High-definition Cathodal Direct Current Stimulation for Treatment of Acute Ischemic Stroke: A Randomized Clinical Trial

Dr. Mersedeh Bahr-Hosseini, MD, Dr. David S. Liebeskind, MD, & Dr. Jeffrey L. Saver, MD


Importance: Cathodal transcranial direct current stimulation (C-tDCS) provides neuroprotection in preclinical models of acute ischemic stroke (AIS) by inhibiting peri-infarct excitotoxic effects and enhancing collateral perfusion due to its vasodilatory properties.

Objective: To report the first-in-human pilot study using individualized high-definition (HD) C-tDCS as a treatment of AIS.

Design, setting, and participants: This randomized clinical trial was sham controlled with 3 + 3 dose escalation design, and was conducted at a single center from October 2018 to July 2021. Eligible participants were treated for AIS within 24 hours from onset, had imaging evidence of cortical ischemia with salvageable penumbra, and were ineligible for reperfusion therapies. HD C-tDCS electrode montage was selected for each patient to deliver the electric current to the ischemic region only. Patients were followed for 90 days.

Main outcomes and measures: Primary outcomes were feasibility, assessed as time from randomization to study stimulation initiation; tolerability, assessed by rate of patients completing the full study stimulation period; and safety, assessed by rates of symptomatic intracranial hemorrhage at 24 hours. The efficacy imaging biomarkers of neuroprotection and collateral enhancement were explored.

Results: A total of 10 patients with AIS were enrolled, 7 were randomized to active treatment and 3 to sham. Patient age was mean (SD) 75 (10) years old, 6 (60%) were female, and National Institutes of Health Stroke Scale score was mean (SD) 8 (7). Two doses of HD C-tDCS (1 milliamp [mA] for 20 minutes and 2 mA for 20 minutes) were studied. The speed of HD C-tDCS implementation was a median (IQR) 12.5 minutes (9-15 minutes) in the last 4 patients. Patients tolerated the HD C-tDCS with no permanent stimulation cessation. The hypoperfused region was reduced by a median (IQR) 100% (46% to 100%) in the active group vs increased by 325% (112% to 412%) in sham. Change in quantitative relative cerebral blood volume early poststimulation was a median (IQR) 64% (40% to 110%) in active vs -4% (-7% to 1%) sham patients and followed a dose-response pattern. Penumbral salvage in the active C-tDCS group was median (IQR) 66% (29% to 80.5%) vs 0% (IQR 0% to 0%) in sham.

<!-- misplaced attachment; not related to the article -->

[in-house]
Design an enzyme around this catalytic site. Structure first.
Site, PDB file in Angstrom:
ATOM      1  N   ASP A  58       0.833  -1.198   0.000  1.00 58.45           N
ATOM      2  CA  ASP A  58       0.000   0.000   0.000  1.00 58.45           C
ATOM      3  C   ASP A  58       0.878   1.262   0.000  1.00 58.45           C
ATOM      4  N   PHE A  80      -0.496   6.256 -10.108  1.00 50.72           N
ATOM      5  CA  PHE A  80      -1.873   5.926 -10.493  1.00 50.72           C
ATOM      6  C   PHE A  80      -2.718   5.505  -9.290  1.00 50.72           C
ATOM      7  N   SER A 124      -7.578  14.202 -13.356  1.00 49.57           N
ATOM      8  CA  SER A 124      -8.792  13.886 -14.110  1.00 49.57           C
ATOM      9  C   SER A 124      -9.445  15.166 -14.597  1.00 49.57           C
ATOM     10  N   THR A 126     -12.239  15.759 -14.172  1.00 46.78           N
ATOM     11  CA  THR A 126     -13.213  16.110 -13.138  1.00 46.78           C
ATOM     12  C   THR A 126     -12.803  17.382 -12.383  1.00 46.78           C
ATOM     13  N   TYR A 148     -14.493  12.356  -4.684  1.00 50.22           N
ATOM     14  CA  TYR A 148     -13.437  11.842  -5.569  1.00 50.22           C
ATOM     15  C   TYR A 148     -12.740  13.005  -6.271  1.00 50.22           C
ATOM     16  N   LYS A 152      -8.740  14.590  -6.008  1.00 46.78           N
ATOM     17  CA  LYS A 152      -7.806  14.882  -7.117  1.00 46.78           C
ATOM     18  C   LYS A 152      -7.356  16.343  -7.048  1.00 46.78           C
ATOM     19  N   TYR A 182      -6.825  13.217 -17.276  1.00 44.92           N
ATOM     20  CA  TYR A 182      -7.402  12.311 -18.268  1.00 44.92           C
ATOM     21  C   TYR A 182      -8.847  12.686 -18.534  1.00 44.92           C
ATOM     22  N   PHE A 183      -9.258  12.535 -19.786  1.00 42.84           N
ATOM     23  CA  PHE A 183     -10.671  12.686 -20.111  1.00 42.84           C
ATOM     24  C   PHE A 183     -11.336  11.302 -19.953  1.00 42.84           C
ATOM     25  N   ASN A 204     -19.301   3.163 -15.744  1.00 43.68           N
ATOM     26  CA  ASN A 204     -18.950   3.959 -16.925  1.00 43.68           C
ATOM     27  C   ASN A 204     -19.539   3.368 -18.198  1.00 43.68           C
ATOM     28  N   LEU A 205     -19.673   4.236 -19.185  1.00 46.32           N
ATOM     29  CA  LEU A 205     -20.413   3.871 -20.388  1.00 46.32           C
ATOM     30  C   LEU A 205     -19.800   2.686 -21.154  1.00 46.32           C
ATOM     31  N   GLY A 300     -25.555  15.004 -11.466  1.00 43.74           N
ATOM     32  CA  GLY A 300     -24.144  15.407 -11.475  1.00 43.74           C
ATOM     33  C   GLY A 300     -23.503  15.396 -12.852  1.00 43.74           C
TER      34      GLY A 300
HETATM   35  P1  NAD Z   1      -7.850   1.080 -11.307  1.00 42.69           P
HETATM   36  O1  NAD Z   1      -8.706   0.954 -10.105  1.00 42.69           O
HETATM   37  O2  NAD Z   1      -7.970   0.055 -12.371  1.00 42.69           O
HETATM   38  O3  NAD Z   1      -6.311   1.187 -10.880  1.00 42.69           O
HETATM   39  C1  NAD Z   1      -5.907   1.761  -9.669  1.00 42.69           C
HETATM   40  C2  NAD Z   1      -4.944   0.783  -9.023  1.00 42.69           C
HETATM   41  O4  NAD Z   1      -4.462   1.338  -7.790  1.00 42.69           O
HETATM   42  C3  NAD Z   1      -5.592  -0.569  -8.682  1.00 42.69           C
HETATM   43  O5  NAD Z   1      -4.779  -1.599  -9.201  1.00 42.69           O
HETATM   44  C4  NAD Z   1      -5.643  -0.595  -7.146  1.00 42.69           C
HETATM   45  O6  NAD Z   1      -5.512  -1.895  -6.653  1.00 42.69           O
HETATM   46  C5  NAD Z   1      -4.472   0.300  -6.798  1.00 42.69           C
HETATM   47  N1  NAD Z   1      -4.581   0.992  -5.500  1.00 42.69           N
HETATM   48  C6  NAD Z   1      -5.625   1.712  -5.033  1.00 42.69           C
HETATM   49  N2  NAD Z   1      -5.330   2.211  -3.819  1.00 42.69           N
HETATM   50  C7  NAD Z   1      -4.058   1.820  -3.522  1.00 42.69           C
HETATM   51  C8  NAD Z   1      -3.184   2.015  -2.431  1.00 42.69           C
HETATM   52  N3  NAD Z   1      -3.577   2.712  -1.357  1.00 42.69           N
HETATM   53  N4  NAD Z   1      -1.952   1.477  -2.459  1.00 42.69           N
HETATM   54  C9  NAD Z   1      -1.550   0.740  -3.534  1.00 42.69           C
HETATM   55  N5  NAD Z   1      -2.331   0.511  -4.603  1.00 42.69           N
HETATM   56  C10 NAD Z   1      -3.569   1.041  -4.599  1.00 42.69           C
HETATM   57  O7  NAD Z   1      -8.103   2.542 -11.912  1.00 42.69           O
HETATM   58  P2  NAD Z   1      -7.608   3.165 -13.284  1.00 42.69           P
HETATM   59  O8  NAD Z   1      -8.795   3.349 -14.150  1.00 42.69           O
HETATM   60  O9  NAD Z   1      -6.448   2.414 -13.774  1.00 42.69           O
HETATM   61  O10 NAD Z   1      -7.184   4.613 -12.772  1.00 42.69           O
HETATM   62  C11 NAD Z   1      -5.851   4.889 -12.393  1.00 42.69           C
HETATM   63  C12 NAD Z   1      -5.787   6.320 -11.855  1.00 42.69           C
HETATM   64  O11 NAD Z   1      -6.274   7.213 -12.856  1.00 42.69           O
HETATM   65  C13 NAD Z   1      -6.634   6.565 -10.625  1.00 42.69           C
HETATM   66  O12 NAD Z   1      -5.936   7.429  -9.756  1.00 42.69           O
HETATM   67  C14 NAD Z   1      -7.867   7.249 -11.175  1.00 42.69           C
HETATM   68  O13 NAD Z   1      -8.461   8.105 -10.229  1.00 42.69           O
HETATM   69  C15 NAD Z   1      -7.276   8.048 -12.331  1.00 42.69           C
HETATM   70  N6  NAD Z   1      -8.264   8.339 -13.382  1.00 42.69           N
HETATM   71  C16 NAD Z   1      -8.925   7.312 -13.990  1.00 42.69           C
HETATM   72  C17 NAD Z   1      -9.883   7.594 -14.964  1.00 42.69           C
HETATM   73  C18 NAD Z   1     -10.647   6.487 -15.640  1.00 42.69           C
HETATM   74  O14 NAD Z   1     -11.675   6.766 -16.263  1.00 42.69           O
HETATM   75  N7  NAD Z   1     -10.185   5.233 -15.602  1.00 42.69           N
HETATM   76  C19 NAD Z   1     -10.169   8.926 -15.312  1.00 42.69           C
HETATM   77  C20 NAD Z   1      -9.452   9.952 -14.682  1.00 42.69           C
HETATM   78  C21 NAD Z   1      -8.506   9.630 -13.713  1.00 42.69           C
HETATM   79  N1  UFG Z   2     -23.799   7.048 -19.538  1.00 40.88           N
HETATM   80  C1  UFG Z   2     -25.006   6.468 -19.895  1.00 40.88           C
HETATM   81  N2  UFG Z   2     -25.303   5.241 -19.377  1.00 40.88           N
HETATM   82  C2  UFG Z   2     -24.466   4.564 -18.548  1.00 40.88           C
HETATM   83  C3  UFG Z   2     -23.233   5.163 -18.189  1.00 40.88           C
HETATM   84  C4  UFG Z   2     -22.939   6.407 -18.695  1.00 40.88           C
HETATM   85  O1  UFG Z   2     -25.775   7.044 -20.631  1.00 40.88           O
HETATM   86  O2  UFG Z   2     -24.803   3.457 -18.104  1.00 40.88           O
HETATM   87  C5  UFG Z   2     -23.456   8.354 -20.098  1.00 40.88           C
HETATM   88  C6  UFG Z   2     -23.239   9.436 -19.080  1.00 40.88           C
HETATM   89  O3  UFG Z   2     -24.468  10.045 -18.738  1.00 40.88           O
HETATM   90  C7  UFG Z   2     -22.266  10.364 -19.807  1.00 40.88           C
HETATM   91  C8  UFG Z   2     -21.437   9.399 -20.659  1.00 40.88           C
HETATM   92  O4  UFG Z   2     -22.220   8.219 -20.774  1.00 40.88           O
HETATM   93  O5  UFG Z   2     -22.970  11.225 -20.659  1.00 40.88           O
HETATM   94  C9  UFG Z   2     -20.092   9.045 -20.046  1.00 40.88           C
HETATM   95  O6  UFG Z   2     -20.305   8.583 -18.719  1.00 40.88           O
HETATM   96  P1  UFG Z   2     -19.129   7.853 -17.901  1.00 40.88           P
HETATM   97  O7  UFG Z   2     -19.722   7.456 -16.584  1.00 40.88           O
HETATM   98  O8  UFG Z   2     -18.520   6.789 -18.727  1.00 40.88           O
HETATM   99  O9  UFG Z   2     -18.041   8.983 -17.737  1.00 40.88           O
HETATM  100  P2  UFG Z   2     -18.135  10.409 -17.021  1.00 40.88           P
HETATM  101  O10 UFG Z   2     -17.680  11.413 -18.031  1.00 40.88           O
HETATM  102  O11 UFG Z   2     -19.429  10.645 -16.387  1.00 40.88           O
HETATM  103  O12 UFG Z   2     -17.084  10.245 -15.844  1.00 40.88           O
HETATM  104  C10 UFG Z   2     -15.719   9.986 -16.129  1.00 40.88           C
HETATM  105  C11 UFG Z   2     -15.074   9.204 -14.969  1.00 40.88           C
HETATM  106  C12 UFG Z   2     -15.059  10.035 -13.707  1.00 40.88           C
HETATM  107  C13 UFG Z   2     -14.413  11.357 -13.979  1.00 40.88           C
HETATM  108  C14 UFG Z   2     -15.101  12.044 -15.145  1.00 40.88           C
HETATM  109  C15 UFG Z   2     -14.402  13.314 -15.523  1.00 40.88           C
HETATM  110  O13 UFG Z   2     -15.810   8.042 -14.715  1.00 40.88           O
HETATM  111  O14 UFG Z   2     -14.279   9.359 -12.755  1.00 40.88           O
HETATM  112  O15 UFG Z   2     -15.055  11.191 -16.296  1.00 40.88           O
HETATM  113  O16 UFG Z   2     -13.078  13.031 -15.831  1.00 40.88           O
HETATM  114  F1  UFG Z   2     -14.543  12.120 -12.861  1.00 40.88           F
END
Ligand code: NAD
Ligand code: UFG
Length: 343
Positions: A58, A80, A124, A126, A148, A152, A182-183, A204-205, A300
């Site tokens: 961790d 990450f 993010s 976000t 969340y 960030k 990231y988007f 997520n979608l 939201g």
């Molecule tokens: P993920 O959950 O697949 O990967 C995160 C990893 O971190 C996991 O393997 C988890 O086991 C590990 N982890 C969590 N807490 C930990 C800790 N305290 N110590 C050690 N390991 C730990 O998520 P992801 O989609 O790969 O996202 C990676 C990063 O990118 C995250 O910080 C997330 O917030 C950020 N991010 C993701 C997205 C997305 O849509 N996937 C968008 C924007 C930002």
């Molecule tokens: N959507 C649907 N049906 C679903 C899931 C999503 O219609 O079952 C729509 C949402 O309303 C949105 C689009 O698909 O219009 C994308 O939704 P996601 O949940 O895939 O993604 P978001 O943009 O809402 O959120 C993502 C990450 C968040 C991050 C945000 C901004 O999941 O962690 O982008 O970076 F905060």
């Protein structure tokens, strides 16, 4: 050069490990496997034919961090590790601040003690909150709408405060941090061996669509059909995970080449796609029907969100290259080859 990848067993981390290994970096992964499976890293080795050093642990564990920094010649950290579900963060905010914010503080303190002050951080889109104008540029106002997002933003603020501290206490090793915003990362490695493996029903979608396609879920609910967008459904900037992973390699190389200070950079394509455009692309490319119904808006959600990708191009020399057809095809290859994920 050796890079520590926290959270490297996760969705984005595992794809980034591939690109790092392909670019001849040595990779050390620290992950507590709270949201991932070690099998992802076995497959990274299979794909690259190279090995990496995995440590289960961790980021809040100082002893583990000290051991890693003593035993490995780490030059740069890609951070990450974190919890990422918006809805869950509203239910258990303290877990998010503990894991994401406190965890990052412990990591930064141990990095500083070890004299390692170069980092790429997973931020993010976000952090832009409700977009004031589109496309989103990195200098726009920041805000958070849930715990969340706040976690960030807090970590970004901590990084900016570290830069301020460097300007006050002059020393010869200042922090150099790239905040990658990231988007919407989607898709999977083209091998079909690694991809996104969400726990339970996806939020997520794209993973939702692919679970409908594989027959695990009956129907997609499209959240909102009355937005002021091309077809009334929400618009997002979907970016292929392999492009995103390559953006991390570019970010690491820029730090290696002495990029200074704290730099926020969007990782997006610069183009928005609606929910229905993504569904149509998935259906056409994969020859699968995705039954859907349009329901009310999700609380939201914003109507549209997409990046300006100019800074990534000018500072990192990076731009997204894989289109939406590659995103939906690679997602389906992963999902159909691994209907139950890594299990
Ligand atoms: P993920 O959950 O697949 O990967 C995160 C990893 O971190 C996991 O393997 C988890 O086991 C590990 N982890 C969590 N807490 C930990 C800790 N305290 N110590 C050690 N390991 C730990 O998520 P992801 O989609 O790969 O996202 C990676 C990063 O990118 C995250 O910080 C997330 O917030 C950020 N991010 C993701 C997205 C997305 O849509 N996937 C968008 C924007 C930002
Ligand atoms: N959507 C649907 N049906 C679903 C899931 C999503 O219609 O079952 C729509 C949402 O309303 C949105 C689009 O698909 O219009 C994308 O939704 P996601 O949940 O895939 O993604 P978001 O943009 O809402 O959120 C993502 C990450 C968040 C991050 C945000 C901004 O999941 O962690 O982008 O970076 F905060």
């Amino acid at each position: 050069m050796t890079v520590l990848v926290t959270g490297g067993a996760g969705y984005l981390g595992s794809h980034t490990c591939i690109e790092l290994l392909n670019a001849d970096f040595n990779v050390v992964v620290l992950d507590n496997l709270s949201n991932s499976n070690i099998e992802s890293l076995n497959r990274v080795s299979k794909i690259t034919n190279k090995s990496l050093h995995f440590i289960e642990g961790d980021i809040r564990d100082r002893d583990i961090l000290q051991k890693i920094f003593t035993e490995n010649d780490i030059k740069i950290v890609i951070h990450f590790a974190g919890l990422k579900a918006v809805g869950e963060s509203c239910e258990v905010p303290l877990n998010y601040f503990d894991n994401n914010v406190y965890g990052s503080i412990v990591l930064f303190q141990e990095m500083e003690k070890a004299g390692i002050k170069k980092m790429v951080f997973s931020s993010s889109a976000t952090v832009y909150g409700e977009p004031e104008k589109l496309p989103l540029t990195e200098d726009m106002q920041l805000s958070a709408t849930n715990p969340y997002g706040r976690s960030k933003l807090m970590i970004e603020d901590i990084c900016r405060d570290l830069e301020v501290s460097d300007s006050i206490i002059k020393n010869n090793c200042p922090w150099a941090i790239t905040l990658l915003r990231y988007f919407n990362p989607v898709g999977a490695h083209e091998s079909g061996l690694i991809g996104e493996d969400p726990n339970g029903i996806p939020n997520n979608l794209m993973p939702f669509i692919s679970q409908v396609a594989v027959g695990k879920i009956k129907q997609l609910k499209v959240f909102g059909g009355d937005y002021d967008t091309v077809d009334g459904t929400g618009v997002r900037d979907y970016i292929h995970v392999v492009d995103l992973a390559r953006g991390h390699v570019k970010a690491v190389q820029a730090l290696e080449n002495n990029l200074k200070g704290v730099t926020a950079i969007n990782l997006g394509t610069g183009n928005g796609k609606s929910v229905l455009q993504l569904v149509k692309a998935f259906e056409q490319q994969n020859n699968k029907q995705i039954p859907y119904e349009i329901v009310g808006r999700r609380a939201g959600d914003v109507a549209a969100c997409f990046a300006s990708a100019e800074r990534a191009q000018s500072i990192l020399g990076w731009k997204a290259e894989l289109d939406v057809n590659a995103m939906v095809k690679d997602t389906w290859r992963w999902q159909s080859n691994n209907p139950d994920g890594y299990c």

Conclusion and relevance: In this randomized, first-in-human clinical trial, HD C-tDCS was started efficiently and well tolerated in emergency settings, with signals of beneficial effect upon penumbral salvage. These results support advancing HD C-tDCS to larger trials.

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